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Police kill indigenous protester in Brazil

This article is over 10 years, 8 months old
Issue 2356

Police in southern Brazil killed one Terena indigenous protester and wounded several others while evicting them from their land on Thursday of last week. 

Police claim that they had been attacked by bows and arrows. For two weeks several hundred Terena people had occupied a farm built on their ancestral land and owned by a local politician.

They successfully re-occupied the farm on Friday. 

The land is in Mato Grosso do Sul, one of the main soya producing regions of Brazil. Big farmers there often use violence to force indigenous people from their land.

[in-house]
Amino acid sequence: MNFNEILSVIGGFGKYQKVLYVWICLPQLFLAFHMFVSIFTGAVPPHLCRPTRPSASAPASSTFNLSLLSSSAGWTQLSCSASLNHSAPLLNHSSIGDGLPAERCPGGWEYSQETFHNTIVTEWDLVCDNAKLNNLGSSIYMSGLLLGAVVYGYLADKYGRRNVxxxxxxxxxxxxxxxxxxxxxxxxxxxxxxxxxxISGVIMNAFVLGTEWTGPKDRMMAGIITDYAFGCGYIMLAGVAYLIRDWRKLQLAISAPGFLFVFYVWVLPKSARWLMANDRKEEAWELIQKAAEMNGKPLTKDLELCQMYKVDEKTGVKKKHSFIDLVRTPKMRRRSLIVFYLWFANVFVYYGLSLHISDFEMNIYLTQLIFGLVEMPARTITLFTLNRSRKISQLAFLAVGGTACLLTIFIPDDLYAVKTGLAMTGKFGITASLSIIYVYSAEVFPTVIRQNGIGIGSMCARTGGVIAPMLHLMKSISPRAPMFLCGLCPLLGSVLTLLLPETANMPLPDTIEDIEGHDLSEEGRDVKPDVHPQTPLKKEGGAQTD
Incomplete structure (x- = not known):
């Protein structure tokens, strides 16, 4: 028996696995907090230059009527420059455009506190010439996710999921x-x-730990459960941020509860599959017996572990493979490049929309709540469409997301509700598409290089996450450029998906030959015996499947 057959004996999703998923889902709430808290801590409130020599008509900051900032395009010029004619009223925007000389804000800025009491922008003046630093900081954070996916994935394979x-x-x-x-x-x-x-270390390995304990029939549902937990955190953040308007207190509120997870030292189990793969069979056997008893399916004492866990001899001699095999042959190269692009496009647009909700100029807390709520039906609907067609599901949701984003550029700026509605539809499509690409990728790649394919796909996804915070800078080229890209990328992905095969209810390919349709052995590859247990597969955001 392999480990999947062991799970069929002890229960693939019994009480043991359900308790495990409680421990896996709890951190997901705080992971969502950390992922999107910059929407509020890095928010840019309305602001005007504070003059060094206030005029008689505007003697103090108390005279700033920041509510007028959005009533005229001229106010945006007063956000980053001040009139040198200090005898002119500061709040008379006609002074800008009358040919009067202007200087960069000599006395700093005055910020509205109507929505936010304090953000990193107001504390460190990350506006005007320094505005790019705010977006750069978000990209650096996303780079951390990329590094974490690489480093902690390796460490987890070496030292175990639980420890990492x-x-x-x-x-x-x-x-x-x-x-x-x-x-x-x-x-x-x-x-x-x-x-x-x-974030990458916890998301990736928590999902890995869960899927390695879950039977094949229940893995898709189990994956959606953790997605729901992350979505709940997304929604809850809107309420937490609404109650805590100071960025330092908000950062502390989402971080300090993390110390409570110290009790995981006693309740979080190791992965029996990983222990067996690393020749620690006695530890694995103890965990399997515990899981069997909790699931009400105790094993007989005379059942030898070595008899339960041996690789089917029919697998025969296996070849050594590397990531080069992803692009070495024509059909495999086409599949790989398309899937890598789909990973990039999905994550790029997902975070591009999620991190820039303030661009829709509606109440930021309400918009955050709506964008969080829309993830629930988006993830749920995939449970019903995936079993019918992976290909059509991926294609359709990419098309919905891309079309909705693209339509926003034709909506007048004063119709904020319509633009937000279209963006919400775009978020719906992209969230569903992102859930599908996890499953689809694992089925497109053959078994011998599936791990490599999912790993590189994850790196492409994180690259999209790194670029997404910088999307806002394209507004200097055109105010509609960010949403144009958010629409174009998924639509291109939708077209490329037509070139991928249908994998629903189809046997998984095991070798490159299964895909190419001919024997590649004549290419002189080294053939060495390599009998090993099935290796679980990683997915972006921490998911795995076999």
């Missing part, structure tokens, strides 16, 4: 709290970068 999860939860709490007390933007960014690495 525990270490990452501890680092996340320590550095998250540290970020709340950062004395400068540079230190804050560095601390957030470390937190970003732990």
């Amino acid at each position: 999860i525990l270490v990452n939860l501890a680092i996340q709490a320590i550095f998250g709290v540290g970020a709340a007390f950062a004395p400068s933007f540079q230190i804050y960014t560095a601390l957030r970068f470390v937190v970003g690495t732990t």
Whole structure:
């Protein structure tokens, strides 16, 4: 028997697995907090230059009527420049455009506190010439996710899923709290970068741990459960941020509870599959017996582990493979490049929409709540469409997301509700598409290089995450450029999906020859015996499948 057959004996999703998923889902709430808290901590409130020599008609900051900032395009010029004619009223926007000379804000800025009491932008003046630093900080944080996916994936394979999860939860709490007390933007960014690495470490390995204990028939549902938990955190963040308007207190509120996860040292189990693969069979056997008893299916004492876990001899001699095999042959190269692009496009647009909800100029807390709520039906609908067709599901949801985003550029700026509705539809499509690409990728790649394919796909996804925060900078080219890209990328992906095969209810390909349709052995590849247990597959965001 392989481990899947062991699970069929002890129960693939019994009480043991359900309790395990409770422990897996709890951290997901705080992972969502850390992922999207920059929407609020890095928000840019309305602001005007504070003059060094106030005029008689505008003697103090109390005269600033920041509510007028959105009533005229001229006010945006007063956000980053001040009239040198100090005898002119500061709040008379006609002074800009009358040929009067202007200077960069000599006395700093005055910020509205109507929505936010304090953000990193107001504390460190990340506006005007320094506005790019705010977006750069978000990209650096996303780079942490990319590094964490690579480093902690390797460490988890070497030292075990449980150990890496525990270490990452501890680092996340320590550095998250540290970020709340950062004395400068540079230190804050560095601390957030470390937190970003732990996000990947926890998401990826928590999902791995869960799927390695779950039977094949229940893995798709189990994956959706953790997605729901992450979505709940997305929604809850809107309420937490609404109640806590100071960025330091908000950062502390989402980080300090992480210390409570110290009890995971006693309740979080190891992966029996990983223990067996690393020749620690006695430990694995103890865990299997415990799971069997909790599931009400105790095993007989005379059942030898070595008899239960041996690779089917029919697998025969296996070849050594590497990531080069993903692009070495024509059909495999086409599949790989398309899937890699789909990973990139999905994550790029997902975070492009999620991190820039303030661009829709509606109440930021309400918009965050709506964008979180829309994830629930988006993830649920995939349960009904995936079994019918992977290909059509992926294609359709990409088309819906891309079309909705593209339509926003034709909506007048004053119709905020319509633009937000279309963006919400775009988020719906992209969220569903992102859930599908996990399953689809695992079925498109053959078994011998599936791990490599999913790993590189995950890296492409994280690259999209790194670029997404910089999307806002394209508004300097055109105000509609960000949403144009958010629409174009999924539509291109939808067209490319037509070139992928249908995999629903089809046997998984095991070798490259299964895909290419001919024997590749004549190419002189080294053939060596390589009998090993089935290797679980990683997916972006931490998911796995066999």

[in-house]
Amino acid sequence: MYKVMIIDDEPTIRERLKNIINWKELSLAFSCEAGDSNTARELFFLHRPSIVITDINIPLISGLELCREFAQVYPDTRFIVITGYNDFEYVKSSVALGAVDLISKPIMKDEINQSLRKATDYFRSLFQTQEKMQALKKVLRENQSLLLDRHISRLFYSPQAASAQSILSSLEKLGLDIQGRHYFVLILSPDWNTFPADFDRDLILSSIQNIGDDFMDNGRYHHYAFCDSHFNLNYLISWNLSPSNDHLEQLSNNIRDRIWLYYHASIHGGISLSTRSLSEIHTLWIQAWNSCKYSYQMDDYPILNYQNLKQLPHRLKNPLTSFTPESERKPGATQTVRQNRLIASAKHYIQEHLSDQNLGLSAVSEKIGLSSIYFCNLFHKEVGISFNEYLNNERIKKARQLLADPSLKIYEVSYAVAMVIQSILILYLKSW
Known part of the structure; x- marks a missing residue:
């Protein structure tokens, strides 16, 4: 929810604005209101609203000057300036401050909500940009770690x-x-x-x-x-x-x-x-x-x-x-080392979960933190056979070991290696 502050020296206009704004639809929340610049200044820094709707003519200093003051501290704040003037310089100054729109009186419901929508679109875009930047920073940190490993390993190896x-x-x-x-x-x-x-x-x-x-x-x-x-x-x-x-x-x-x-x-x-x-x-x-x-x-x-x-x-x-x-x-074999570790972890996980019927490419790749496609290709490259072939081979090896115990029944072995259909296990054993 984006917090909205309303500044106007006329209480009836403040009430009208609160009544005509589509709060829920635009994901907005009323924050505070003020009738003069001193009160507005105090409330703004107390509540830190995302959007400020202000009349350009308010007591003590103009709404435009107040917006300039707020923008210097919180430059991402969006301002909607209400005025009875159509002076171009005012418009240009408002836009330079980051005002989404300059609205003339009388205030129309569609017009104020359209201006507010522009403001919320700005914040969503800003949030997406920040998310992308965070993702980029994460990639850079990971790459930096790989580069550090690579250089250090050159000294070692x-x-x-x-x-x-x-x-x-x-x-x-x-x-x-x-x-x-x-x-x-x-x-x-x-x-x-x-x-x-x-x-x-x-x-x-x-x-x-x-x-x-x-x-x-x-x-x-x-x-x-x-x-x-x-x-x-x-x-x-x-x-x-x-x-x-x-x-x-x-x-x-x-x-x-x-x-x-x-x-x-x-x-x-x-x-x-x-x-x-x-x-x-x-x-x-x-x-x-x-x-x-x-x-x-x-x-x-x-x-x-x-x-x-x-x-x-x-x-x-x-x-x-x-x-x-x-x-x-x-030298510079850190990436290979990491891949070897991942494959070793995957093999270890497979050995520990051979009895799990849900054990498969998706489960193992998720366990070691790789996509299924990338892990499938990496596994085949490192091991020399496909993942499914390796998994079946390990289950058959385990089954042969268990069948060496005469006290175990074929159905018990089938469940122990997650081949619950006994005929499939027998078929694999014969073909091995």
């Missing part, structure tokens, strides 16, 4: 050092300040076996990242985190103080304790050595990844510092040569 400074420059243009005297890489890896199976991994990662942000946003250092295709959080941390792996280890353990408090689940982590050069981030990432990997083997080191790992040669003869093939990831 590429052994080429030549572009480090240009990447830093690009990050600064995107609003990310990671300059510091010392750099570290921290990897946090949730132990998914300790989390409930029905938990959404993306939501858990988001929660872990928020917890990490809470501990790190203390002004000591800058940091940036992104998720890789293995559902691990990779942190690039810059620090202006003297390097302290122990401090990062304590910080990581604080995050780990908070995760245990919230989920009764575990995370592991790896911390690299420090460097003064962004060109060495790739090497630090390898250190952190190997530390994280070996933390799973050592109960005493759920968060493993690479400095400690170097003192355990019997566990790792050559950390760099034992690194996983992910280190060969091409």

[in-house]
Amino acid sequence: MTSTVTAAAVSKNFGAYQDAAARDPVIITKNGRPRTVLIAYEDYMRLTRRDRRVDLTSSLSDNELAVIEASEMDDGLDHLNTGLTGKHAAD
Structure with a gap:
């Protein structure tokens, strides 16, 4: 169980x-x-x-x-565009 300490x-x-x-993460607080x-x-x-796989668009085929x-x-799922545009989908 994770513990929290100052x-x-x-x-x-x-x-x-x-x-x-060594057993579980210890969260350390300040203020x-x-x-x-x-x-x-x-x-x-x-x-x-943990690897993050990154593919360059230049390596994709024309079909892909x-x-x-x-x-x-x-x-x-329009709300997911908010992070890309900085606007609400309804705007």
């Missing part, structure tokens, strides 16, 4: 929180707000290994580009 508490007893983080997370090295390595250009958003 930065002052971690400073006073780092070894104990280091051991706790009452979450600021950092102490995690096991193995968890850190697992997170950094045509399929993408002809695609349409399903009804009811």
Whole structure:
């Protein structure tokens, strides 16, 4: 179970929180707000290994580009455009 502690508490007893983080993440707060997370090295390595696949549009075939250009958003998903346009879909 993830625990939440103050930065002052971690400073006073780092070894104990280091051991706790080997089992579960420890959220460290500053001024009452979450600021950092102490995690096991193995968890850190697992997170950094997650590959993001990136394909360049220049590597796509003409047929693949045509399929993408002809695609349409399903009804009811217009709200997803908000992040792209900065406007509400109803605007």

Similar police violence could be used against indigenous people occupying a construction site of the Belo Monte hydroelectric dam following an eviction order.

These attacks come as a lost report into the treatment of indigenous people was found in an archive.

The report investigated the widespread state-sanctioned murder and dispossession of indigenous people in the 1960s. 

The report disappeared 40 years ago—soon after its conclusions were made public—and was thought to be destroyed.

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